As of February 11, 2015, a U.S. law called the "Unlocking Consumer Choice and Wireless Competition Act" went into effect. What does this mean?
You can unlock your phone and [hypothetically] sign up with another carrier, whether you have a contract phone or a phone on an off-contract, prepaid plan (as I recommend here).
Image credit: PCMag.com, link below
The catch? You have to submit a request to unlock your phone (your carrier has two days to comply with this request), and the law states that you must make that request within one year of activating the device.
[Does this mean that you're stuck with a locked phone if it was activated more than a year ago? That's what the law seems to imply--check with your carrier to see if their policy permits this anyway.]
The other catch is that, if you're on a contract that subsidized the purchase price of your phone, you must complete the term of your contract before your carrier has to unlock the phone. So, unfortunately, the majority of the country is still under contract.
Another consideration is that some carriers use proprietary equipment--so your phone, even if it's unlocked, may not be compatible with a competing carrier!
These limitations certainly put a damper on the potential excitement about this news. Nonetheless, it's a step in the right direction! Carriers are no longer able to put their customers in such a tight chokehold. Hopefully more people will use this opportunity to save money by switching to a more cost-effective plan, or at least use this leverage to bring their costs down!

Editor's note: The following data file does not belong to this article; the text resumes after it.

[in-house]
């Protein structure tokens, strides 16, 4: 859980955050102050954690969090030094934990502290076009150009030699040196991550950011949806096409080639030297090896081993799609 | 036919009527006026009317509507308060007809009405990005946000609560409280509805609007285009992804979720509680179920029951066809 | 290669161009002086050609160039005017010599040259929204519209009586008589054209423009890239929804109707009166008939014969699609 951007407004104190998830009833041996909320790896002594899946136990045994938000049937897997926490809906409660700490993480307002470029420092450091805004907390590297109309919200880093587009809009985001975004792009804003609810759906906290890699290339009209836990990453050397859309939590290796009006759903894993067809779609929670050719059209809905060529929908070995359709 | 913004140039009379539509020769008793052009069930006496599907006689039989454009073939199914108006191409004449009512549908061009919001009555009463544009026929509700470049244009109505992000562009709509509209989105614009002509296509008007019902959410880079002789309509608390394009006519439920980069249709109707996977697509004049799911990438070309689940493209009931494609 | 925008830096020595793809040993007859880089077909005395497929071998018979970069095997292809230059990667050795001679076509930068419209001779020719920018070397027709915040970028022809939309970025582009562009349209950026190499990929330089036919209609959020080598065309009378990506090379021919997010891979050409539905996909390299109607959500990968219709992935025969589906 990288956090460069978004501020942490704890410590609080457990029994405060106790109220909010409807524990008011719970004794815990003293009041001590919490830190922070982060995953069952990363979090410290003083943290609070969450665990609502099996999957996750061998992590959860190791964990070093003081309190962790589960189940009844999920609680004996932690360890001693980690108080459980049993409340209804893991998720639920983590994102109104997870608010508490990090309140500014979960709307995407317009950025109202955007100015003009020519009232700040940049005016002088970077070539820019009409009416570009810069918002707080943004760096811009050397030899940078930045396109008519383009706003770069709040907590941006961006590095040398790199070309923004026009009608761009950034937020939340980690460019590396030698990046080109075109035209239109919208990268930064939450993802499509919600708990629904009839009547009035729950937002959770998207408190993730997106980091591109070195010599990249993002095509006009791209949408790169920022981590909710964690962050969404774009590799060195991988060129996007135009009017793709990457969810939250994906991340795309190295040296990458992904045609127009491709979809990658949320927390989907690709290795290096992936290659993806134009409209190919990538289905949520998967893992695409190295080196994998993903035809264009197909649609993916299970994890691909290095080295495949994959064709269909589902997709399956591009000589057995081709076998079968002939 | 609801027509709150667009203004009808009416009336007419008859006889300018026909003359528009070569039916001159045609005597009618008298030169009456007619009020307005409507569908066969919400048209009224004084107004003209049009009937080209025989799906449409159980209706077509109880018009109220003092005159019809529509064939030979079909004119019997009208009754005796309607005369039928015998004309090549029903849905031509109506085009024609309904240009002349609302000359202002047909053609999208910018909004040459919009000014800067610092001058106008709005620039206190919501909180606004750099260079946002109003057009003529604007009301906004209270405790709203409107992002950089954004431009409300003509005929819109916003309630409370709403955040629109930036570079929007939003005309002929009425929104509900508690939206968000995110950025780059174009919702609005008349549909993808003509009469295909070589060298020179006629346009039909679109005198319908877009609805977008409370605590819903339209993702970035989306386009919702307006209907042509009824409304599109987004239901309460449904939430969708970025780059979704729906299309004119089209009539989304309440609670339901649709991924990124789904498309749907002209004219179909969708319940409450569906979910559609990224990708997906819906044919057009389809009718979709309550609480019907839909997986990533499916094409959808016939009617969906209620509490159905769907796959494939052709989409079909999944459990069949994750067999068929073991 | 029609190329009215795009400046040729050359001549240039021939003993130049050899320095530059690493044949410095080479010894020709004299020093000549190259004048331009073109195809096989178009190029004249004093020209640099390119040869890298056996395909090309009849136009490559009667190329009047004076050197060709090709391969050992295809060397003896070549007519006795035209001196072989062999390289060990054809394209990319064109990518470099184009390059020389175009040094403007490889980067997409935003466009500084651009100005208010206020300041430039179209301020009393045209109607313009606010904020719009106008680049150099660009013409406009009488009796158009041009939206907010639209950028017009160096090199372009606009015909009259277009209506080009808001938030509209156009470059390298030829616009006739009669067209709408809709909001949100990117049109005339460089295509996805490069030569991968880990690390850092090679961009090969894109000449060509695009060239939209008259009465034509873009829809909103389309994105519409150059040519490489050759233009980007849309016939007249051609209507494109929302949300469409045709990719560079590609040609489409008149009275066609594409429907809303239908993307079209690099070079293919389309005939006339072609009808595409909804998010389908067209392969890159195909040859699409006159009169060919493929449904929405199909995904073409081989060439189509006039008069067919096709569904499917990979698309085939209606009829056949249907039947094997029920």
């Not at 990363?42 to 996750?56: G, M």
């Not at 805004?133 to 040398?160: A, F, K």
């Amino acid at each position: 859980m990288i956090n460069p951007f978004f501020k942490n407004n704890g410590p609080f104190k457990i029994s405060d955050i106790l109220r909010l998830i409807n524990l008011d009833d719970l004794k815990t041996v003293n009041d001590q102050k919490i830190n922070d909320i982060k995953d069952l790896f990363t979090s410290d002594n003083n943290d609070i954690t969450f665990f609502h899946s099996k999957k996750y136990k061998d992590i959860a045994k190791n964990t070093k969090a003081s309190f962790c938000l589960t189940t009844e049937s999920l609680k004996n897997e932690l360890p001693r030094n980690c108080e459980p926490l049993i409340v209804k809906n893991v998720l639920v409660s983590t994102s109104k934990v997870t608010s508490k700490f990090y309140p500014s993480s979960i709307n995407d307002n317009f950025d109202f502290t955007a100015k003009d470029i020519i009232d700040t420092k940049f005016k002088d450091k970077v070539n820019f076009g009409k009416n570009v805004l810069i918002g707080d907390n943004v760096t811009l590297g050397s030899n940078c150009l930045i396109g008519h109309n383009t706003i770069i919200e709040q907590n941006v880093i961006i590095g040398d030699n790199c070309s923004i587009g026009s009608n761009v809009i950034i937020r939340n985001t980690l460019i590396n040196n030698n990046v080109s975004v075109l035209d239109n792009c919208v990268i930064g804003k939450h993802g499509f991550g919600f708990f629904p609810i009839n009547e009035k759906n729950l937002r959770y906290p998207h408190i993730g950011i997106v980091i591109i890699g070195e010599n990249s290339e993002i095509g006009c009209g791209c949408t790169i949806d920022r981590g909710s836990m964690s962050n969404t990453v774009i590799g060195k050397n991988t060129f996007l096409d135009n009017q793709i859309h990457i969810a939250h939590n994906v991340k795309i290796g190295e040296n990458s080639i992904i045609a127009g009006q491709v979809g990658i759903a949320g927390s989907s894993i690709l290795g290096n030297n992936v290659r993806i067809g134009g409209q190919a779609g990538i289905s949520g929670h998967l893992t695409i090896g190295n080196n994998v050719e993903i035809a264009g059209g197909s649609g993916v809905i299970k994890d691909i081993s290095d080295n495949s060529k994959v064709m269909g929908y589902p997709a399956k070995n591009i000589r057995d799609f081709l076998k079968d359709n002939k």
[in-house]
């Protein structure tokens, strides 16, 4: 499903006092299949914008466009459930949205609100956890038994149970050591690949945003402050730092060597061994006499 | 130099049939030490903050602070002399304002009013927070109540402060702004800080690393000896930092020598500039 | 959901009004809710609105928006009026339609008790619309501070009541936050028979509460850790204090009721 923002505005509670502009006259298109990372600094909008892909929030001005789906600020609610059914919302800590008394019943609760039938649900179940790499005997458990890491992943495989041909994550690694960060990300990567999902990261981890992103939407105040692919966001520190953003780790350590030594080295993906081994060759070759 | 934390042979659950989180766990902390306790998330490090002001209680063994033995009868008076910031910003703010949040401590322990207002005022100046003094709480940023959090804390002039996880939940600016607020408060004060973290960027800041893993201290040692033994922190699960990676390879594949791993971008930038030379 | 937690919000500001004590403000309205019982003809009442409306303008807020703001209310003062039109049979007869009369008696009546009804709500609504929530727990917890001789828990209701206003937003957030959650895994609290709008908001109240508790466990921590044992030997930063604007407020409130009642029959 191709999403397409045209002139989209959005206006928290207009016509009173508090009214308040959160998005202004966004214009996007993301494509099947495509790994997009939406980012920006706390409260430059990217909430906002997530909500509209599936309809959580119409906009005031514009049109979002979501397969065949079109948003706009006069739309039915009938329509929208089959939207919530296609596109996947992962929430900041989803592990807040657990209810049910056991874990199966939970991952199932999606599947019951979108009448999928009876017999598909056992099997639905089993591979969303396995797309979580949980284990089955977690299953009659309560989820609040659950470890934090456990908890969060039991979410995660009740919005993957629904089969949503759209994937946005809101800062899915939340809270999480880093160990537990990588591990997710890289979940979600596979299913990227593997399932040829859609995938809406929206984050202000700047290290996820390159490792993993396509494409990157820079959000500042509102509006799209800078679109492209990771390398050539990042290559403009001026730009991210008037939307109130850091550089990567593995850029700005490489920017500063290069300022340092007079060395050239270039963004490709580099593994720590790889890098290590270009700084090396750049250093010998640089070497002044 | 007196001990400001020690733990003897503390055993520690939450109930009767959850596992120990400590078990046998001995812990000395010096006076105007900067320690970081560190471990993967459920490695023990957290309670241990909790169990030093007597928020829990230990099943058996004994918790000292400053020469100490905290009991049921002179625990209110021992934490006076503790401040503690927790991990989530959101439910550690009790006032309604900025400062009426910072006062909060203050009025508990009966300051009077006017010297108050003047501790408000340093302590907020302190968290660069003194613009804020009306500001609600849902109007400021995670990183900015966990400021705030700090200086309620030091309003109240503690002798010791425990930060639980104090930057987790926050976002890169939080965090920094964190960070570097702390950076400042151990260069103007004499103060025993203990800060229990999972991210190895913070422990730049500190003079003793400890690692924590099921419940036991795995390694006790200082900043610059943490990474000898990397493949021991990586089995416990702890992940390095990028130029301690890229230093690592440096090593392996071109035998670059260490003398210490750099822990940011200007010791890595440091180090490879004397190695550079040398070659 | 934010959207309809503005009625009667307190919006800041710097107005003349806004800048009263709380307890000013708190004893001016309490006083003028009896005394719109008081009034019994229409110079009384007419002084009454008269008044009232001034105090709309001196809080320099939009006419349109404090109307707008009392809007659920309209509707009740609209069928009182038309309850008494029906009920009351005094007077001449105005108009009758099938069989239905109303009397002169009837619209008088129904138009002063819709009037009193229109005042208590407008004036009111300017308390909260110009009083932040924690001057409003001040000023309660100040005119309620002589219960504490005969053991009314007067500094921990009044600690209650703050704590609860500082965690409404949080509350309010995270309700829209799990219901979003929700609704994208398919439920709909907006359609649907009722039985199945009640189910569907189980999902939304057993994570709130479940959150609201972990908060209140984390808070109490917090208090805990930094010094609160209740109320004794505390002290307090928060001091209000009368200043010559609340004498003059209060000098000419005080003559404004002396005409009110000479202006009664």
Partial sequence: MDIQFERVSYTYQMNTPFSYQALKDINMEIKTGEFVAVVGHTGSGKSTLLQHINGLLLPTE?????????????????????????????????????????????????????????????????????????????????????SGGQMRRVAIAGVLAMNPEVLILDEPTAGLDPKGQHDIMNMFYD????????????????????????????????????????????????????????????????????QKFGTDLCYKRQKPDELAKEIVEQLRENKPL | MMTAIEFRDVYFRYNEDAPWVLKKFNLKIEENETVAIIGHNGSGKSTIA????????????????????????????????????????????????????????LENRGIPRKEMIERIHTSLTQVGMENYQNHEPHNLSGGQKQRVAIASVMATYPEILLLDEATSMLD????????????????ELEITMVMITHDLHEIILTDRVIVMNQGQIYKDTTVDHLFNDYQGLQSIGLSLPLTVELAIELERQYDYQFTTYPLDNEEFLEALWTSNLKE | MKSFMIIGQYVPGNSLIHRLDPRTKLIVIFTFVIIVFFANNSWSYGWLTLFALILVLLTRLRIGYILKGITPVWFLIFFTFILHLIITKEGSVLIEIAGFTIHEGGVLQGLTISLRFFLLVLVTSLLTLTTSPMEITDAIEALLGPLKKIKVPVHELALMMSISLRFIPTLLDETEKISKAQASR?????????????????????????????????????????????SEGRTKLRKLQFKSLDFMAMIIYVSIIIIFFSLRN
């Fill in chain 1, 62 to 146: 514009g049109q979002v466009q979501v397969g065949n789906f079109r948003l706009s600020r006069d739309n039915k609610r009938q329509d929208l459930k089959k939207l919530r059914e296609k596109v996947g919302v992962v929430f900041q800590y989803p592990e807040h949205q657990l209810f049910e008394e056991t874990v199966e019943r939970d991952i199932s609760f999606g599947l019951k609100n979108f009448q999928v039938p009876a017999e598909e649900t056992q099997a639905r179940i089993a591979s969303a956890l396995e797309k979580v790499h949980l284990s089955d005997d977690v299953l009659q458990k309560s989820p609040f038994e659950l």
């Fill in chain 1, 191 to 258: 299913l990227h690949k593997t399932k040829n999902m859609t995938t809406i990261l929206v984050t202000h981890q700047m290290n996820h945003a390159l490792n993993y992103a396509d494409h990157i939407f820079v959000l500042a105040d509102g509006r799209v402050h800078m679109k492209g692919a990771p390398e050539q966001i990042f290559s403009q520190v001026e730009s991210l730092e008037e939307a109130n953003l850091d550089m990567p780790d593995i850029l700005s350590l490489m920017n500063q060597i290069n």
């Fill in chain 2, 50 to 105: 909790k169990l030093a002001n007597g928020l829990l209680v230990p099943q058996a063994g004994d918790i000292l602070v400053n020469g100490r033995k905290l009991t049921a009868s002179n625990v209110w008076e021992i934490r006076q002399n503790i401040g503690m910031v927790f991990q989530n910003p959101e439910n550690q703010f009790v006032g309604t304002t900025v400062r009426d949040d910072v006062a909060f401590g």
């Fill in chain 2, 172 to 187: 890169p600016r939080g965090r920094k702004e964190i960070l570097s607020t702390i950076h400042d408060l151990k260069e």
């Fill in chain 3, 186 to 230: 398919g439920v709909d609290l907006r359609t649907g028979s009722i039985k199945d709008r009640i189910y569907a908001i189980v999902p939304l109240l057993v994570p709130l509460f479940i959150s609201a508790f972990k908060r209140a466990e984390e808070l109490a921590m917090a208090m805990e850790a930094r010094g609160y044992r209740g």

Walmart offers Straight Talk, with unlimited text, minutes, and data* for $45/month. They also promote Family Mobile, which is available for as little as $30 per month for a similar plan. However, buyer beware: this plan gets an awful lot of poor reviews on ConsumerAffairs.com [link here]
Not much of a talker? T-mobile offers a $30/month plan with unlimited text and data*, but only 100 minutes of talk. Virgin Mobile offers a $35/month plan, also with unlimited text and data*, but it comes with 300 minutes per month.
Why the asterisk after "data?" Because, although you may have unlimited Internet access on your phone, it'll be throttled to slower speeds after you use a certain amount of data. For the T-mobile plan mentioned above, you get 5 GB of data at high speed. The cheapest $30 Walmart Family Mobile plan throttles you after only 500 MB of data--so don't spend too much time browsing the Web on your phone with this plan! Straight Talk will throttle you after 3 GB of usage (in 2014, this limit was raised from 2.5 GB). The limit on the Virgin Mobile plan is 2.5 GB of high-speed data.
The point here is that everybody will throttle your data--even if you're on a contract! So, you might as well pay less for one of these prepaid plans...
You can read more about unlocking your phone at the following links:
How to Unlock Your Phone: http://www.pcmag.com/article2/0,2817,2476565,00.asp
US Carriers, You'll Have to Unlock Those Phones:
Here's the CTIA document with boring legal details: http://www.ctia.org/docs/default-source/default-document-library/ctia-consumer-code-for-wireless-service.pdf?sfvrsn=2
Unlocked Phones Reality Check: More Pain Than Panacea http://blog.laptopmag.com/unlocked-phones-reality-check-more-pain-than-panacea